Over the last few weeks, we have reported on how drones are becoming part of law enforcement’s equipment around the country, and world for that matter. Police forces in Boston, Los Angeles, and Hong Kong are using or testing drone and now we learn about the San Diego’s Sherrif’s Department saying drones are here to stay.

DJI Mavic Pro

Drone technology is fantastic, and it’s extremely useful

The San Diego Union Tribune reported that when two bodies were found at a home in Descanso, in what seems to be a murder-suicide, the sheriff’s deputies used a drone to quickly get an overview of the scene and spot for locations where evidence may be found.

“I can’t think of one recently where we didn’t have a drone,” said homicide Lt. Rich Williams.

The San Diego County Sheriff’s Department uses off-the-shelf consumer drones to provide them with a bird’s eye perspective for a fraction of the cost that a helicopter would cost them. Also, drones are far less obtrusive and can fly in hard-to-get places where helicopters simply can’t. The San Diego County Sheriff’s Department used drones in more than 70 incidents, including homicide investigations, SWAT incidents, and search-and-rescue missions.

“This technology is fantastic, and it’s extremely useful,” Williams said. “It’s the quickest, easiest and most effective way to get video and still images without having to use a helicopter, which obviously can’t get into places a drone can.”

More drones and drone pilots for next year

In October 2016, the Sheriff’s Department was the first local law enforcement agency to start a drone program at a cost of $125,000. The program turned out to be so successful that they plan to continue the devices and have increased the budget to $165,000 for the second year. Other police departments in Oceanside, Escondido, Carlsbad and Chula Vista have followed suit and now have at least one unmanned aerial aircraft each.

“I think it’s proven to be such a valuable asset. More valuable than we thought it would be,” sheriff’s Lt. Jason Vickery said of the drone program, which he oversees.

Safety versus privacy

Police use of drones has led to concerns from civil liberty groups here as well as in Boston and LA. The San Diego Sheriff’s Department’s policy prohibits the use of drones for mass or random surveillance and it bans weaponizing the drones. Vickery said that these rules will stay in effect going forward and the police department has not received any complaints during the program’s first year.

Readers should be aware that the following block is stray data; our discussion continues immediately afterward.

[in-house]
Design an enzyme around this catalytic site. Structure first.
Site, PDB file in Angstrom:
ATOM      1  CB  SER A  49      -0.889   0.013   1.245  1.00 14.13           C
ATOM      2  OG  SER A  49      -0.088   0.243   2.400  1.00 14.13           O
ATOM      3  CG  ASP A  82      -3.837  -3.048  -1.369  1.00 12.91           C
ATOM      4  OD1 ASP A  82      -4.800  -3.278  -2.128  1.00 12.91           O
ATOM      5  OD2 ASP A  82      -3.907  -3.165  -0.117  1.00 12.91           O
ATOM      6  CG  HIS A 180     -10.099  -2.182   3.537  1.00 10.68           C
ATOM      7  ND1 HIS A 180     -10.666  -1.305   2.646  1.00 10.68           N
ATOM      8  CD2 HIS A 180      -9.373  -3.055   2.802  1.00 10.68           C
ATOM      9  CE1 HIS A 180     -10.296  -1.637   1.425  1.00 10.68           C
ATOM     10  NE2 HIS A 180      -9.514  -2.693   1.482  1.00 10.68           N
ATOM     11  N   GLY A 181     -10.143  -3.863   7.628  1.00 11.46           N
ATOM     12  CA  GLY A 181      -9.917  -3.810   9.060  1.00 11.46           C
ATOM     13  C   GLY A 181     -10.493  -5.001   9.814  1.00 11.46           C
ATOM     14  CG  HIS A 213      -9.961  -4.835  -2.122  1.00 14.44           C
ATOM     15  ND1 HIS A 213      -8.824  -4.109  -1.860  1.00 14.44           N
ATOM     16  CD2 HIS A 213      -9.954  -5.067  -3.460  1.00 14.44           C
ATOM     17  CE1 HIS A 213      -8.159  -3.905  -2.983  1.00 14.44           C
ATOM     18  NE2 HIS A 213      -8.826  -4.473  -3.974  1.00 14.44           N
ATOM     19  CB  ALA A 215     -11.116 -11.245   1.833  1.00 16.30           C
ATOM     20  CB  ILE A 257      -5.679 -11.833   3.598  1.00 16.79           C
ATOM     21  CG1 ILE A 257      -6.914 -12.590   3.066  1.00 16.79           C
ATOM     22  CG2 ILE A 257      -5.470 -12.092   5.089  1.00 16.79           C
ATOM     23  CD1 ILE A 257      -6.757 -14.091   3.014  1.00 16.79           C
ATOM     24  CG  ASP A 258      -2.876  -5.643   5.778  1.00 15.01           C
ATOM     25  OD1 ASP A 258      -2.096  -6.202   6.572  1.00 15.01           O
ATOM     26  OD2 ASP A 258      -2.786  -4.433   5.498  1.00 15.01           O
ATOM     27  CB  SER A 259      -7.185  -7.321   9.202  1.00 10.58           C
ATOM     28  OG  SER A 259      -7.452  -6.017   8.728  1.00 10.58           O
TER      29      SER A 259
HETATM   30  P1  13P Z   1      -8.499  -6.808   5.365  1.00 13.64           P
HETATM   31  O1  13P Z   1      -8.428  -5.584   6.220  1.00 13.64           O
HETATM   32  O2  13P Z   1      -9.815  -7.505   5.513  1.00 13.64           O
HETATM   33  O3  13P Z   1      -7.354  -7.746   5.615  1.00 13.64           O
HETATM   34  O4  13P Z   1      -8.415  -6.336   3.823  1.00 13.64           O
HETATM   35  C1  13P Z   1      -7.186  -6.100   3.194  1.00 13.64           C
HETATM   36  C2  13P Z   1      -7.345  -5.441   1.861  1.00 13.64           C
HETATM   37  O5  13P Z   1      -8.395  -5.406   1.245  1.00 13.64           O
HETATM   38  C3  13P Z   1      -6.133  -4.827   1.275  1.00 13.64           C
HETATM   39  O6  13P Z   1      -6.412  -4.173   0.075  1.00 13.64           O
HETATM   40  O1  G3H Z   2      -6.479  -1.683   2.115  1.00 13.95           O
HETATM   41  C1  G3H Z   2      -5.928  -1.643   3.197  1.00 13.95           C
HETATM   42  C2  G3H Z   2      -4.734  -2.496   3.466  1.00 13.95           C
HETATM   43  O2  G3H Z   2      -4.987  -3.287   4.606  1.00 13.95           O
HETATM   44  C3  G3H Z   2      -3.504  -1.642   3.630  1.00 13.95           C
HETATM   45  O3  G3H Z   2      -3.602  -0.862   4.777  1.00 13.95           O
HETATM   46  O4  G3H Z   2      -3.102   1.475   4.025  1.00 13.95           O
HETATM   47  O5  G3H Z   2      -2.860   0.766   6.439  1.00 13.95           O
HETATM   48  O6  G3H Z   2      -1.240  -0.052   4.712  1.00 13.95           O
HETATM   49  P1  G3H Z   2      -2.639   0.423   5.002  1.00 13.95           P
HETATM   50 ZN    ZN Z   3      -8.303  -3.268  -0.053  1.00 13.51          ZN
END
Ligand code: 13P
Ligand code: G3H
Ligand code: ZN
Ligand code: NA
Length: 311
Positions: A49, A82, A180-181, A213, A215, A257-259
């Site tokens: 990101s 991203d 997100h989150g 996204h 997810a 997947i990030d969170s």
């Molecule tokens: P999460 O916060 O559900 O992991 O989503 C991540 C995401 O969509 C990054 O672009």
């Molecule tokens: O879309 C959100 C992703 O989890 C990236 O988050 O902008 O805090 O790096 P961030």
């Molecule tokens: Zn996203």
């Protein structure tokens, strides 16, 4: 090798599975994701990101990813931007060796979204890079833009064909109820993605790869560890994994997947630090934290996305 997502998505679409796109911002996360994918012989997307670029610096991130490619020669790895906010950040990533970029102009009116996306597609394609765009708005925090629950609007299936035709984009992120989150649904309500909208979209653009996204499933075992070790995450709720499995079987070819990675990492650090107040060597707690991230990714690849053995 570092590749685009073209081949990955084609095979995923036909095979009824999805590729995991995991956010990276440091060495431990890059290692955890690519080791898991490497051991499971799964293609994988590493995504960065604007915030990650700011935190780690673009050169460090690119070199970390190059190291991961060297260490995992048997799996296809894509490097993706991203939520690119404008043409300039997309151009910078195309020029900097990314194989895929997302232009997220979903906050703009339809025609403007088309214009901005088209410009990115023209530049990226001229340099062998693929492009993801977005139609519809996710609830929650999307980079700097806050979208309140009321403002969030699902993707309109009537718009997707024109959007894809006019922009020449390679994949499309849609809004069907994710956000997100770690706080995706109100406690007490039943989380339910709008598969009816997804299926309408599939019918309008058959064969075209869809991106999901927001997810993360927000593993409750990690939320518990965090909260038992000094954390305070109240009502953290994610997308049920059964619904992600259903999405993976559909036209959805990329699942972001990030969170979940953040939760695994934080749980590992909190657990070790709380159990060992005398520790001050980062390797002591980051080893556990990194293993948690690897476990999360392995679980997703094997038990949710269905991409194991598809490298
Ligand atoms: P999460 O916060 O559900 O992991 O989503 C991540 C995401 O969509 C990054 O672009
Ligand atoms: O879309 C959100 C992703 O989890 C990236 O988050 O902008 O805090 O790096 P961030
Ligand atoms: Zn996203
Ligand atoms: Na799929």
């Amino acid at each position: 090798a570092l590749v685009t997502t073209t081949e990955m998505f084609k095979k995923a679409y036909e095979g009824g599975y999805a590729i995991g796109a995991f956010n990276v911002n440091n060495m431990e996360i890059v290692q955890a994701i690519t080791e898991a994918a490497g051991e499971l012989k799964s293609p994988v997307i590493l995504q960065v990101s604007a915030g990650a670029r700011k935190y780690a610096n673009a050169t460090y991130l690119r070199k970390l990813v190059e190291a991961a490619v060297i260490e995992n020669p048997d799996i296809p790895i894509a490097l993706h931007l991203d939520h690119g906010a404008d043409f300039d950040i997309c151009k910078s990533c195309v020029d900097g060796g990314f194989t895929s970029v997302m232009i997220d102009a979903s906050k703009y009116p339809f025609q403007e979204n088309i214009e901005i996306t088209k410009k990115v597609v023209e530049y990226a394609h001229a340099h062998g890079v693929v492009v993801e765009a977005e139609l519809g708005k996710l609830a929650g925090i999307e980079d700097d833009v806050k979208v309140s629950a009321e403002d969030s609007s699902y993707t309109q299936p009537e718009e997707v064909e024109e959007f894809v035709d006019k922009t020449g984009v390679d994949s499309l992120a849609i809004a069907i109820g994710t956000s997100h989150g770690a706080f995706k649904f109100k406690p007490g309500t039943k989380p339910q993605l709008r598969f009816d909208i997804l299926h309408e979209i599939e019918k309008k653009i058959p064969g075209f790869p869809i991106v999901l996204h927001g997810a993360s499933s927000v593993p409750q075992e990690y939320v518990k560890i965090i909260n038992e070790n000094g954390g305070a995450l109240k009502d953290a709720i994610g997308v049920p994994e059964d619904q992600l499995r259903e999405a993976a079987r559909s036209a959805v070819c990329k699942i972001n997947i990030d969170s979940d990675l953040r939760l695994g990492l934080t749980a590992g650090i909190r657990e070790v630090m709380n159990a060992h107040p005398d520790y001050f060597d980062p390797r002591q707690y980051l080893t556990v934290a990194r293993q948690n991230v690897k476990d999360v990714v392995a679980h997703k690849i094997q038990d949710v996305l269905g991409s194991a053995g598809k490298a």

Vickery said he understands the concerns over drones and believes “the public is going to become more comfortable with (the devices)” as more law enforcement agencies continue to use them.

“I truly think this is going to become such an accepted tool in law enforcement,” he said.

76 drone missions so far

Since the drone program started in October of 2016, police officials have used the drones on 76 missions, mostly for homicide investigations and SWAT incidents.

“It’s a game changer when it comes to these units,” Vickery said.

The drones have proven to be so useful in homicide investigations and SWAT operations that the department has expanded it’s program from six to ten drones. Each model costing $500 to $2,000. At the same time they have increased the number of trained deputies. Currently there are more than 11 Federal Aviation Administration (FAA) certified deputies ready to fly drones and two more deputies are being trained.

Different drones for different missions

Not all the drones used in the four police departments are the same. Some are the basic smaller $500 drones, whereas at the top end the drones used by the police can cost up to $3,500. Some of the drones are outfitted with infrared heat-sensing cameras to help in search and rescue missions as well as the SWAT teams. The department also plans on buying a waterproof drone for use on rainy days.

“What we’ve learned over the last year is that there’s certain limitations with each (drone),” Vickery said. “We don’t have one that can do it all.”

The regular FAA regulations also apply to the police force. They are required to notify the FAA of where they are planning to fly the drones. The drones are not allowed to fly over 400 feet and have to be kept in line of sight at all times. Any night-time flights require special FAA approval.

Photo: Sheriff’s detectives David Chandroo, right, and Justin Crews, left, flew a drone through an obstacle course during training in Ramona in January. (John Gibbins / San Diego Union-Tribune)

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